Dan Lawler, American (b. 1918) Daniel James Lawler was born in Hibbing, Minnesota on March 1, 1918 to Joseph Earle Lawler and Mabel (McGregor) Lawler. He went to the Minneapolis School of Art from 1937 to 1940 and then received a scholarship to the School of the National Academy of Design in New York. He studied there and at the Arts Students League and National Academy from 1940 - 1941, as well a privately with Paul Trebilcock (a Chicago-trained painter who lived in New York and specialized in portraits). In 1941, he was drafted into World War II. Just before he left, he married Jeanne Rapp of St. Paul. Minnesota. He was in the United States Army and stormed Utah Beach in Normandy the first hour of D-Day.
Shortly thereafter he was wounded and captured by Germans. The Americans found him after a little over a month of captivity and he was freed in Belgium. After getting home after the war and back to his wife, he returned to New York City to find a job. Lawler was hired by "Parents Magazine" in 1945. His primary work in this period was illustration for "Parents Magazine", "Humpty Dumpty", "Readers Digest", a few children's books, and advertisements for stores in NYC. He designed the huge clock in the entrance of FAO Schwartz in New York City, which became a symbol for the store. Merging his gifts for illustration and portraiture, Lawler produced the portrait of Howard Hughes for the cover of "Time Magazine" for January 24, 1972. Lawler retired in 1980 and has not done any professional work since. Arthritis in his hands has prevented all but little sketches for his grandchildren. Throughout his career, his first love was portraiture but he only continued doing it privately.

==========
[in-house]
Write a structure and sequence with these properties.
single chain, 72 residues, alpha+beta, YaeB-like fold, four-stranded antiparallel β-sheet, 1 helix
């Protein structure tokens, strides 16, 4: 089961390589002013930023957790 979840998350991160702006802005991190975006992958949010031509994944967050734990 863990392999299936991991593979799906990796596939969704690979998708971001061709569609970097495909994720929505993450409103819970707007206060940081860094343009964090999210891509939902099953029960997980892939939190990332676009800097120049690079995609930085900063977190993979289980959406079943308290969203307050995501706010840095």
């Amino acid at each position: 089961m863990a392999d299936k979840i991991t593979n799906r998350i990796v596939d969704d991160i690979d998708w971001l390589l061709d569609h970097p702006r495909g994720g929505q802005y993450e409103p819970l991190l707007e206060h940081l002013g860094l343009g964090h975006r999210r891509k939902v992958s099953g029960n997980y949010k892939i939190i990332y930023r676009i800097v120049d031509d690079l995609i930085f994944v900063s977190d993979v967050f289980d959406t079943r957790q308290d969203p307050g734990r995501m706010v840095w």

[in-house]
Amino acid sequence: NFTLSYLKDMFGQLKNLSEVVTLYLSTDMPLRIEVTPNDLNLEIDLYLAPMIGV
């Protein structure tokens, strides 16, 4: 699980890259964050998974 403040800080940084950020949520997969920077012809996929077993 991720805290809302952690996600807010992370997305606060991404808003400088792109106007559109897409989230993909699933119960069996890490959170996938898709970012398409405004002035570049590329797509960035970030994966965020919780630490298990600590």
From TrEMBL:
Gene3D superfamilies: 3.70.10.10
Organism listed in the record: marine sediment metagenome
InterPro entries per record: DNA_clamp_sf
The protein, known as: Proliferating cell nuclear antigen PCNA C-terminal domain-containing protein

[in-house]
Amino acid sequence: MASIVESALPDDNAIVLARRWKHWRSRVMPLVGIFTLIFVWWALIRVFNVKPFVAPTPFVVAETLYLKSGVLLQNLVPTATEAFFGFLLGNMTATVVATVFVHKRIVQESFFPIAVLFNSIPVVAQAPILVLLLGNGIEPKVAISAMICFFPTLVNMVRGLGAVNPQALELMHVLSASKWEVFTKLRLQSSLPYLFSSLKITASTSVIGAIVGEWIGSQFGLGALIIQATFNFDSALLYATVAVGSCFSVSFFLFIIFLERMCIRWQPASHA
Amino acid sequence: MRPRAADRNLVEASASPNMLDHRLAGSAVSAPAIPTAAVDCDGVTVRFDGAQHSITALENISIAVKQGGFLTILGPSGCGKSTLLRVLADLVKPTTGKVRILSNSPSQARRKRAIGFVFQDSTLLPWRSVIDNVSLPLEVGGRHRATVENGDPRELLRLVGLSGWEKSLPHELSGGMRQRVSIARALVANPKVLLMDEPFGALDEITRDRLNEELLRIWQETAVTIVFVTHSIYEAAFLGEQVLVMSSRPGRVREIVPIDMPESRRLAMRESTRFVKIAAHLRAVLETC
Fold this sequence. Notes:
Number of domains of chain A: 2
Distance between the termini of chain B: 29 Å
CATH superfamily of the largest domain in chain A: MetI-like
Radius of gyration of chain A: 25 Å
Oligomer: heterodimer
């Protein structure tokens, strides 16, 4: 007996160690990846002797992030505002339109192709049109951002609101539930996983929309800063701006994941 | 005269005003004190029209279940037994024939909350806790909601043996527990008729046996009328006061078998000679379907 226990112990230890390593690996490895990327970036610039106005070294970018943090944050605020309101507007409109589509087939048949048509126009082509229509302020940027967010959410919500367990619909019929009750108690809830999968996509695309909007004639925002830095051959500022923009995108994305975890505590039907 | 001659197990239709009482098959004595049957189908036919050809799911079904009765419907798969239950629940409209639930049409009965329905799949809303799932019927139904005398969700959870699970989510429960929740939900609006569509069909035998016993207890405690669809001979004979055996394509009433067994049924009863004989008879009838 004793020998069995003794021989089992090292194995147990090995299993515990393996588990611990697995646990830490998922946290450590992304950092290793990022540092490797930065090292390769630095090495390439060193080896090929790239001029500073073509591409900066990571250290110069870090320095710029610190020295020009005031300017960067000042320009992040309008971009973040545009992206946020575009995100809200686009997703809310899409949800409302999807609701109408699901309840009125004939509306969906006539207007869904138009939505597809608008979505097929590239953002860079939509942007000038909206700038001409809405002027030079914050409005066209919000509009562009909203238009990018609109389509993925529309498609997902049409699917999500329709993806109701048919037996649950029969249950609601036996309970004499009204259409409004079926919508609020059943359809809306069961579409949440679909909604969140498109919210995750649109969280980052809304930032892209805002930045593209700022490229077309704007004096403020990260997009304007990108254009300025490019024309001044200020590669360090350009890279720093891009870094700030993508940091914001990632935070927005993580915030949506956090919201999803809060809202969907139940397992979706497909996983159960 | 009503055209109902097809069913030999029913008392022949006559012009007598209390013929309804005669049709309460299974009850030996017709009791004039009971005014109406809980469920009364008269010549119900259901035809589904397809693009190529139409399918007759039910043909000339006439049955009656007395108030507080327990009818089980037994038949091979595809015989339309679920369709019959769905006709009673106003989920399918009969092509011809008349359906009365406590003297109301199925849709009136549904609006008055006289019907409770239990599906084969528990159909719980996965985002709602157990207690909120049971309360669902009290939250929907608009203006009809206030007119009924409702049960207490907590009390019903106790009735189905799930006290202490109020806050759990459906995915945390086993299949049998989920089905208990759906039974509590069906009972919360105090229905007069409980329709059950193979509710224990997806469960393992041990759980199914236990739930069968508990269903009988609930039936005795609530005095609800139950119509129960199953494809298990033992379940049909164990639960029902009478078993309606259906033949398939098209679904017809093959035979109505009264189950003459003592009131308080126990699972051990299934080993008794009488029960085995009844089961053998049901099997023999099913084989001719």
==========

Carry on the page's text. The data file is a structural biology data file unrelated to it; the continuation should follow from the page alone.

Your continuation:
He did oil portraits of each of his children and a number of friends and family, as well as some of the staff of "Parents Magazine". Lawler had only a few local exhibits of his non-illustration work. Articles were published about his designs for his own house on Long Island and a mural for the chapel at Camp Barkley in Abilene, Texas. Lawler loved doing the covers for "Humpty Dumpty Magazine"—he thought it was a grand job! He said he could not have had more fun and it was a terrific way to make a living. He was able to support and raise 4 children and keep his wife home and happy, which was the common thing to do with that generation. He did always talk about doing more portraits but thought that it would be too difficult to make a solid living from portraiture, so he stayed with illustration and "Parents Magazine". He loved New York. Lawler could often be seen wandering around, on his lunch time, through little shops and collecting items of interest such as carved pipes and pocket watches. He currently lives with his son Tom and daughter-in-law, Karen, in Richboro, Pennsylvania and is still very healthy. He has lived there since 2001 and continues to drive around the countryside of Bucks County looking for buildings and items of interest. DRH Information provided by Karen Lawler, July 2005 .